The Ugly Laws - pr_284641

The Ugly Laws

Disability in Public

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In the late-nineteenth and early-twentieth centuries, municipallaws targeting "unsightly beggars" sprang up in cities across America. Seeming to criminalize disability and thus offering a visceral example of discrimination, these "ugly laws" have become a sort of shorthand for oppression in disability studies, law, and the arts. In this watershed study of the ugly laws, Susan M. Schweik uncovers the murky history behind the laws, situating the varied legislation in its historical context and exploring in detail what the laws meant. Illustrating how the laws join the history of the disabled and the poor, Schweik not only gives the reader a deeper understanding of the ugly laws and the cities where they were generated, she locates the laws at a crucial intersection of evolving and unstable concepts of race, nation, sex, class, and gender. Moreover, she explores the history of resistance to the ordinances, using the often harrowing life stories of those most affected by their passage. Moving to the laws' more recent history, Schweik analyzes the shifting cultural memory of the ugly laws, examining how they have been used-and misused-by academics, activists, artists, lawyers, and legislators.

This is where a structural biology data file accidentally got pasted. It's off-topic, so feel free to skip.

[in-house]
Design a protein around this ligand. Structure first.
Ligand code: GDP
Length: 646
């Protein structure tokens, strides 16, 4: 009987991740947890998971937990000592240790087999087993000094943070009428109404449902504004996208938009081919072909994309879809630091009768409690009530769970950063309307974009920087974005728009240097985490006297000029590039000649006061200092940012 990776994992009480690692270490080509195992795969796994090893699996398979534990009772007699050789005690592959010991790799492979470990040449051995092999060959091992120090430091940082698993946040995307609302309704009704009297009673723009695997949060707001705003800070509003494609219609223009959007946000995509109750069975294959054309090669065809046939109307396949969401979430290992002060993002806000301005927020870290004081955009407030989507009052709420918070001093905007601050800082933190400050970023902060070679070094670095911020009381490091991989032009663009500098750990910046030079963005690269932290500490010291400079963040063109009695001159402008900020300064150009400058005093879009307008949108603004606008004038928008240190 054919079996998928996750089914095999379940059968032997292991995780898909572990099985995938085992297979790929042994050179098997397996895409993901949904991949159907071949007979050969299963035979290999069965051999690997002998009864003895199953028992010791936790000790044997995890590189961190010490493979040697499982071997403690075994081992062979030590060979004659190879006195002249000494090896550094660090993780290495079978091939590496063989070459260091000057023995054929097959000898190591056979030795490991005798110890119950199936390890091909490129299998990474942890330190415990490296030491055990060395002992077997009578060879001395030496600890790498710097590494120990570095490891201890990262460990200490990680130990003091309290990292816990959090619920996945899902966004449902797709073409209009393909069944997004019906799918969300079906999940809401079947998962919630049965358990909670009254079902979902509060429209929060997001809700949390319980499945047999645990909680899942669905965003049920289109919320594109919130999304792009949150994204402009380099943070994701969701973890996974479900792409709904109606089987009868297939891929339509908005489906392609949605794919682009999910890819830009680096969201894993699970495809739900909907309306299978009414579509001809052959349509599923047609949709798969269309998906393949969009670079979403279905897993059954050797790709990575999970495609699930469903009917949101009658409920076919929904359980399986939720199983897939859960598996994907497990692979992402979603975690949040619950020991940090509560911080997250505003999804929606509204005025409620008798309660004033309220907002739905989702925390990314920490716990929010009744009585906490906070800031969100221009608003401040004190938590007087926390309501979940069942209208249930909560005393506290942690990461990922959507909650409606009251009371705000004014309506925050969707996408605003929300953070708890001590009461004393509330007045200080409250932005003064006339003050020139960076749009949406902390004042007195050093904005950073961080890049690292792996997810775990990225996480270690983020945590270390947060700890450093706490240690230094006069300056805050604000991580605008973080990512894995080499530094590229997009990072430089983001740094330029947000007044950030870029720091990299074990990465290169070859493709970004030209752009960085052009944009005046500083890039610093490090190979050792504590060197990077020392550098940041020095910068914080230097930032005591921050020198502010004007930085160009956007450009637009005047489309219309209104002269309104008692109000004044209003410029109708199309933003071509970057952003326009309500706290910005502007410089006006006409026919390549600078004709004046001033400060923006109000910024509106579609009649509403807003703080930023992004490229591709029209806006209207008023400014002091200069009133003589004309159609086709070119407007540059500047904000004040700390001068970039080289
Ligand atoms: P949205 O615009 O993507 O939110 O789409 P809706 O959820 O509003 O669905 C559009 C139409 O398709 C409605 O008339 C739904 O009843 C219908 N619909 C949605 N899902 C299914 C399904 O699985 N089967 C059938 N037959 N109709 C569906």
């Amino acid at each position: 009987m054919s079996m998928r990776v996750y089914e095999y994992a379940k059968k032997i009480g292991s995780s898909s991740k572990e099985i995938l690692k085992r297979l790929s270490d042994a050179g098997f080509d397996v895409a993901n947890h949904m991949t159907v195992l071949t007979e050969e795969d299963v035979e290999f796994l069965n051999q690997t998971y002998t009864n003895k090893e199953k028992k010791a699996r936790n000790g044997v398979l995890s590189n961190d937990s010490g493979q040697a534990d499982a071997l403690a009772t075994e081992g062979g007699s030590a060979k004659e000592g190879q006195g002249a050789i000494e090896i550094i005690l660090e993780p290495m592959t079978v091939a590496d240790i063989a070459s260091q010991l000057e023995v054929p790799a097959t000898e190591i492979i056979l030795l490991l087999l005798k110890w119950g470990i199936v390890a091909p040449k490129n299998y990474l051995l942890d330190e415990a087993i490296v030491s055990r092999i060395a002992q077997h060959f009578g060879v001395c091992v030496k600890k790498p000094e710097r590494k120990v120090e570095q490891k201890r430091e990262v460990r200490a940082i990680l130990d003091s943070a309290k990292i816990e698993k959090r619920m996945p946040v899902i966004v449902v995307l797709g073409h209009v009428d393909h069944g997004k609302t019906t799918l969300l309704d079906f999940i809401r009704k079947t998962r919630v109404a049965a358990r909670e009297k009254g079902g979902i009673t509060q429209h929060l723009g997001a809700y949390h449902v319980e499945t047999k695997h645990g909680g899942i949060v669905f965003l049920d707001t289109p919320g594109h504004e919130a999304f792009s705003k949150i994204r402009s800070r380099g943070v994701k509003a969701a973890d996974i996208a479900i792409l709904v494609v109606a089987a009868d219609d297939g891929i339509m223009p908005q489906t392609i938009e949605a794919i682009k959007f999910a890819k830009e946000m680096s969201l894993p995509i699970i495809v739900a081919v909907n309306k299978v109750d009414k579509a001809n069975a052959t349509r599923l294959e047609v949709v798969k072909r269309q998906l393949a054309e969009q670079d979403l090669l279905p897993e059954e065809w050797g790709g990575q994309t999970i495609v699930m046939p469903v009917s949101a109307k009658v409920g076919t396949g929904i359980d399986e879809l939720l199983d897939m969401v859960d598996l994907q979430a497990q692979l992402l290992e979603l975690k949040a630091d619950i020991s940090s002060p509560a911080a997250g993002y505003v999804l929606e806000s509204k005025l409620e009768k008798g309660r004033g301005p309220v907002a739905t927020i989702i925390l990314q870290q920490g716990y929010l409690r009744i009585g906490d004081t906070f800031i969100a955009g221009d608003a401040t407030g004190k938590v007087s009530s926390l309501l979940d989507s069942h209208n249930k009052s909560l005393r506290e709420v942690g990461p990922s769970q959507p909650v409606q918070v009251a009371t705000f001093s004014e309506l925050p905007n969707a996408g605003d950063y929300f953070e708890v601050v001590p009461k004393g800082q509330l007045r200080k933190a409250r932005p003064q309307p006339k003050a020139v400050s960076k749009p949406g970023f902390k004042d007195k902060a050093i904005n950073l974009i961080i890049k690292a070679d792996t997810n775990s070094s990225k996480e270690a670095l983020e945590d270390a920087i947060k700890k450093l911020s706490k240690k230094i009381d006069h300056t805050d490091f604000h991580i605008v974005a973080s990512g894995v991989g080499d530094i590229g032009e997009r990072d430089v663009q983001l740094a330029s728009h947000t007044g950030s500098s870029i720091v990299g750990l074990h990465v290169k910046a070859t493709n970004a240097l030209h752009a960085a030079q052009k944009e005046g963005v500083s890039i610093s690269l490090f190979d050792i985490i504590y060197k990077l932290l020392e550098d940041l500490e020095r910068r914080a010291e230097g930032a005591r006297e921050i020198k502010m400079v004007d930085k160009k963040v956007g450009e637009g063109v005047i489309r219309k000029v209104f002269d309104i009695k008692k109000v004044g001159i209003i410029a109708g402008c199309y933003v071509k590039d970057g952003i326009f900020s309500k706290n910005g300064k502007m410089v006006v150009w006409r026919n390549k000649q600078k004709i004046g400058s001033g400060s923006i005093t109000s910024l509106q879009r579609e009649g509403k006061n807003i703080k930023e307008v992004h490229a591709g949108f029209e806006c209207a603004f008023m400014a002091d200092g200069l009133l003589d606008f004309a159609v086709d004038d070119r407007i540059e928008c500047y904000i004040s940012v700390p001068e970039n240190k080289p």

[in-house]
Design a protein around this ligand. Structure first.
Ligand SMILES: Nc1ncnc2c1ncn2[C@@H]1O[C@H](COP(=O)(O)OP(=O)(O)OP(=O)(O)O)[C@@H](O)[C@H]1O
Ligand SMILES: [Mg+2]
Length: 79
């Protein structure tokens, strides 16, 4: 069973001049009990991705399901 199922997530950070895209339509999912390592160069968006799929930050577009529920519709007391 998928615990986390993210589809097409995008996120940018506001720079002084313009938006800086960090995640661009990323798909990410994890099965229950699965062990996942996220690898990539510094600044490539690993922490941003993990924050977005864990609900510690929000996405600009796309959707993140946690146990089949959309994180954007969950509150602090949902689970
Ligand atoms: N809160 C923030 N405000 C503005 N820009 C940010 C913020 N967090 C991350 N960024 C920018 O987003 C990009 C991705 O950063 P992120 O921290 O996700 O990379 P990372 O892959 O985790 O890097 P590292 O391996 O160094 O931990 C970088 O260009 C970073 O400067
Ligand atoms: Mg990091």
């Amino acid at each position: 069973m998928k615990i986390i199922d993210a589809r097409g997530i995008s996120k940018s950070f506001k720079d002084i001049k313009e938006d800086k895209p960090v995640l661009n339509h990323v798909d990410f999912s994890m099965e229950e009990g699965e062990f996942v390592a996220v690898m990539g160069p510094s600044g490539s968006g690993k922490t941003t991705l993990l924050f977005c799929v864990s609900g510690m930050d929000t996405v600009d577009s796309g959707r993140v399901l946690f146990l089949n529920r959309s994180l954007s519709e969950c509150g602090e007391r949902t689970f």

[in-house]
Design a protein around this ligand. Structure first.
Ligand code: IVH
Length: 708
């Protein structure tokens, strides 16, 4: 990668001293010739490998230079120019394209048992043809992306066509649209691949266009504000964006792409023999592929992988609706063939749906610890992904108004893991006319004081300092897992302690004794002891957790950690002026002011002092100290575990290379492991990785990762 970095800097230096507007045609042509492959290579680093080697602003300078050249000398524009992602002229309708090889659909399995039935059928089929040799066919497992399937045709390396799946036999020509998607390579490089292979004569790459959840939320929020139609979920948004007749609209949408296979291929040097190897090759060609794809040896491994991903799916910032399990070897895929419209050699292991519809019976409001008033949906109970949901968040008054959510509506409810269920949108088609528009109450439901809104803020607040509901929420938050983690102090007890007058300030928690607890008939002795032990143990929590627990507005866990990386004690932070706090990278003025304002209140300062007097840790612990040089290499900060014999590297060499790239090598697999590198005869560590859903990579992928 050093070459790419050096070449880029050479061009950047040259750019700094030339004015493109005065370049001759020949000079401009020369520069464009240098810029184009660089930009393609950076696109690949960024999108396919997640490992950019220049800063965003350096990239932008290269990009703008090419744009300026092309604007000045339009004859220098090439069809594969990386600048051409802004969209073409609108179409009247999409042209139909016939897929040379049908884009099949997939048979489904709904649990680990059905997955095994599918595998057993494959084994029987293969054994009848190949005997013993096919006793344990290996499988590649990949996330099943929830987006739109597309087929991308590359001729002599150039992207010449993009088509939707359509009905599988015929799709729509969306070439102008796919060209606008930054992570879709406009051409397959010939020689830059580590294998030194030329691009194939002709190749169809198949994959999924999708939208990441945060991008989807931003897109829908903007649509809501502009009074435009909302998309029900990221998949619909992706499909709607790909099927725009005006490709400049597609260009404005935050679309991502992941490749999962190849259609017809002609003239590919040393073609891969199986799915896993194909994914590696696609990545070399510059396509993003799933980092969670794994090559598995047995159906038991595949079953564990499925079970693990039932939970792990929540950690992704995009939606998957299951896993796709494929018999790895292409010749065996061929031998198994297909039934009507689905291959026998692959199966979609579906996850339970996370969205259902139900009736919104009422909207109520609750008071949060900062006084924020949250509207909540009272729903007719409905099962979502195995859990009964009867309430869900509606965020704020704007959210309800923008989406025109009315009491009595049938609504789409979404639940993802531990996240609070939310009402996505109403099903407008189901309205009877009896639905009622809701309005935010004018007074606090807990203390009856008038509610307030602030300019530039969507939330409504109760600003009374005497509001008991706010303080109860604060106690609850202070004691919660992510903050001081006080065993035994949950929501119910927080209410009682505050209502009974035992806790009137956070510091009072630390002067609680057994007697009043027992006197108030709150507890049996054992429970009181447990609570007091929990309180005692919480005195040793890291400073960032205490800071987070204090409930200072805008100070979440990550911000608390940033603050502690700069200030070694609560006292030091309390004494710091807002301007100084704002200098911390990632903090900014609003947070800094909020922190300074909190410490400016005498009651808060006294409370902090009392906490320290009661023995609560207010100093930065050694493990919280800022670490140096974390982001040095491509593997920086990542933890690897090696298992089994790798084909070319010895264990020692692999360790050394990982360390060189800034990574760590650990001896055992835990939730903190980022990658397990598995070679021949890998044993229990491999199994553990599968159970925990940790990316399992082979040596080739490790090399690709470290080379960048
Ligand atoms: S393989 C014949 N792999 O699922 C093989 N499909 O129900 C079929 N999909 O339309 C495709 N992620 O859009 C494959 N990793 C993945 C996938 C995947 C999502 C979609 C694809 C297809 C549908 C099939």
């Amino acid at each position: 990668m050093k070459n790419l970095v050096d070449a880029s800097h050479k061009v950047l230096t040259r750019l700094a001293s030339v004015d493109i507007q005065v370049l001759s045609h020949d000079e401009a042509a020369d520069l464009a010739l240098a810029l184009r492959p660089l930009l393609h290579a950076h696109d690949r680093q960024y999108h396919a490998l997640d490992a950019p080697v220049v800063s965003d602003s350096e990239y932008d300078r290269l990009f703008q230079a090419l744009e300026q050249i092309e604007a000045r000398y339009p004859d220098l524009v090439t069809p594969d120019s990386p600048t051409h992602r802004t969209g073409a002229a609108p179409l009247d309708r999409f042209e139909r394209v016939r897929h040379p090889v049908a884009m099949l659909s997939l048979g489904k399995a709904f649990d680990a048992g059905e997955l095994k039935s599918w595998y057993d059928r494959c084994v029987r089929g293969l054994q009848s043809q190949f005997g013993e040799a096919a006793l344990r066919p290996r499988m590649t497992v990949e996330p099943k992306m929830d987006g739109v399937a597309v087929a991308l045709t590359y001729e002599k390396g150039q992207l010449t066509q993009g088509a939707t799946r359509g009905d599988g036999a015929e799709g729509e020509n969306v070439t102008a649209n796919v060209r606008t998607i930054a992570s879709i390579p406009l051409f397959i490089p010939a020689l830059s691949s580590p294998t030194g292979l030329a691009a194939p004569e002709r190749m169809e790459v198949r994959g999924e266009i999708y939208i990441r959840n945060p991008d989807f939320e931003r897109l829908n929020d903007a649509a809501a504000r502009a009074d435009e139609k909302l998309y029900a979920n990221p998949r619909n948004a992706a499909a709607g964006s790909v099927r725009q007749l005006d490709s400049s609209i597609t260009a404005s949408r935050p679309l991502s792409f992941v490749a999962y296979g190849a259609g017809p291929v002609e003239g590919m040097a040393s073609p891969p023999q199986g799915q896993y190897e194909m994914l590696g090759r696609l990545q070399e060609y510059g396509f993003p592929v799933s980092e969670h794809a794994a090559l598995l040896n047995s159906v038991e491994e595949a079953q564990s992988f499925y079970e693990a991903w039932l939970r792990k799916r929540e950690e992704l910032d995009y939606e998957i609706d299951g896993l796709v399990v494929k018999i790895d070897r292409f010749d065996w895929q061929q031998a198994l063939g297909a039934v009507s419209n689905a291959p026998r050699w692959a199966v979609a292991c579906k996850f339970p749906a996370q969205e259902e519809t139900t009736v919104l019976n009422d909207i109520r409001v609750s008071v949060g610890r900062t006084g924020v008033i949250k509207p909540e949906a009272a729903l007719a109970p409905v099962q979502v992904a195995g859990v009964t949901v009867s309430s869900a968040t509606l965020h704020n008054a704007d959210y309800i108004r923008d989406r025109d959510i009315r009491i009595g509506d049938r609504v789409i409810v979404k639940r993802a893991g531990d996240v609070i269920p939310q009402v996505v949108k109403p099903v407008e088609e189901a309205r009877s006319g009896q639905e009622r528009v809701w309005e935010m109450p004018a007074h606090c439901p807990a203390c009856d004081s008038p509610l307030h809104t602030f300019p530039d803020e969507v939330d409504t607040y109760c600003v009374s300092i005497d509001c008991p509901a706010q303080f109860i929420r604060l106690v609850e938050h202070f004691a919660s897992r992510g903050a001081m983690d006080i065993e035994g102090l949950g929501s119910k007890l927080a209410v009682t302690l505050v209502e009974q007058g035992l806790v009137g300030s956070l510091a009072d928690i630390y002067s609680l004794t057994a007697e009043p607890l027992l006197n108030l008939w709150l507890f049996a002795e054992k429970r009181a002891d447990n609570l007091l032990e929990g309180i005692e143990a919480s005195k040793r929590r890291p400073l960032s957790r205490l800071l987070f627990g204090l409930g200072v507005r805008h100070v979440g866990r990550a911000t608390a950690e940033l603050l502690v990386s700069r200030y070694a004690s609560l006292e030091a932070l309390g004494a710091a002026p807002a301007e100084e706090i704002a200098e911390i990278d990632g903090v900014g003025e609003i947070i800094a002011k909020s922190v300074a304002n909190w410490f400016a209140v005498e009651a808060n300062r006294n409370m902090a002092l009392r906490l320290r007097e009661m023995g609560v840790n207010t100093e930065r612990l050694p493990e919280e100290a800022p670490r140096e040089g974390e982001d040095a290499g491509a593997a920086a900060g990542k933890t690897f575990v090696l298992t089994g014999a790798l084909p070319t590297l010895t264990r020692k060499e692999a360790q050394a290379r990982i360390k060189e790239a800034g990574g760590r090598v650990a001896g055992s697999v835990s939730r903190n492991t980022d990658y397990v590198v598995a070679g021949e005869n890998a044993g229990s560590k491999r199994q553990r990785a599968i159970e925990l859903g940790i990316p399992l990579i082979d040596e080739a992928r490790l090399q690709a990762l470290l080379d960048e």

Product code: 9780814783610

ISBN 9780814783610
Dimensions (HxWxD in mm) H229xW152
Series The History of Disability
No. Of Pages 443
Publisher New York University Press
A hard look at an ugly chapter in America's history